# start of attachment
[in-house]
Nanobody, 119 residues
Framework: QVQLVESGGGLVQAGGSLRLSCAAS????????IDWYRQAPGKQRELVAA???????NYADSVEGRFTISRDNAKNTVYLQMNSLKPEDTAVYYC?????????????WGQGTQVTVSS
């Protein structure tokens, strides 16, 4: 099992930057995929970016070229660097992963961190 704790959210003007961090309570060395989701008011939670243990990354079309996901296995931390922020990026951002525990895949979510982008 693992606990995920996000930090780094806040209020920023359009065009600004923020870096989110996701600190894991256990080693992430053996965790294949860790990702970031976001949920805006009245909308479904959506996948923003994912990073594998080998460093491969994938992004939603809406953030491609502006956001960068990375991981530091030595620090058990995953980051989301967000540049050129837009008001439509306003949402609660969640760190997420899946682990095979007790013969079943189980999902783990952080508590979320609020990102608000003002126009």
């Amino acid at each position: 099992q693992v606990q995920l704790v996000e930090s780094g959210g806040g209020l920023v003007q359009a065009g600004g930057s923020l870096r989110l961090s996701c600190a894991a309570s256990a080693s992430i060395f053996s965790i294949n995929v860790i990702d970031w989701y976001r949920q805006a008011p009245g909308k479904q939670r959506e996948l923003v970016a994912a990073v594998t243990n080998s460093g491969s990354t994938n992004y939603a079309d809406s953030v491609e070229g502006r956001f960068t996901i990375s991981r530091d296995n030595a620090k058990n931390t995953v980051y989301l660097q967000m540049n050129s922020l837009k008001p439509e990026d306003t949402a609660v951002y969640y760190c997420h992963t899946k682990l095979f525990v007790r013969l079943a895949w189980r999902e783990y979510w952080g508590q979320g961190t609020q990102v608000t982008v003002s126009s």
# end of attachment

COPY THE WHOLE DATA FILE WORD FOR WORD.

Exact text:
[in-house]
Nanobody, 119 residues
Framework: QVQLVESGGGLVQAGGSLRLSCAAS????????IDWYRQAPGKQRELVAA???????NYADSVEGRFTISRDNAKNTVYLQMNSLKPEDTAVYYC?????????????WGQGTQVTVSS
């Protein structure tokens, strides 16, 4: 099992930057995929970016070229660097992963961190 704790959210003007961090309570060395989701008011939670243990990354079309996901296995931390922020990026951002525990895949979510982008 693992606990995920996000930090780094806040209020920023359009065009600004923020870096989110996701600190894991256990080693992430053996965790294949860790990702970031976001949920805006009245909308479904959506996948923003994912990073594998080998460093491969994938992004939603809406953030491609502006956001960068990375991981530091030595620090058990995953980051989301967000540049050129837009008001439509306003949402609660969640760190997420899946682990095979007790013969079943189980999902783990952080508590979320609020990102608000003002126009």
């Amino acid at each position: 099992q693992v606990q995920l704790v996000e930090s780094g959210g806040g209020l920023v003007q359009a065009g600004g930057s923020l870096r989110l961090s996701c600190a894991a309570s256990a080693s992430i060395f053996s965790i294949n995929v860790i990702d970031w989701y976001r949920q805006a008011p009245g909308k479904q939670r959506e996948l923003v970016a994912a990073v594998t243990n080998s460093g491969s990354t994938n992004y939603a079309d809406s953030v491609e070229g502006r956001f960068t996901i990375s991981r530091d296995n030595a620090k058990n931390t995953v980051y989301l660097q967000m540049n050129s922020l837009k008001p439509e990026d306003t949402a609660v951002y969640y760190c997420h992963t899946k682990l095979f525990v007790r013969l079943a895949w189980r999902e783990y979510w952080g508590q979320g961190t609020q990102v608000t982008v003002s126009s």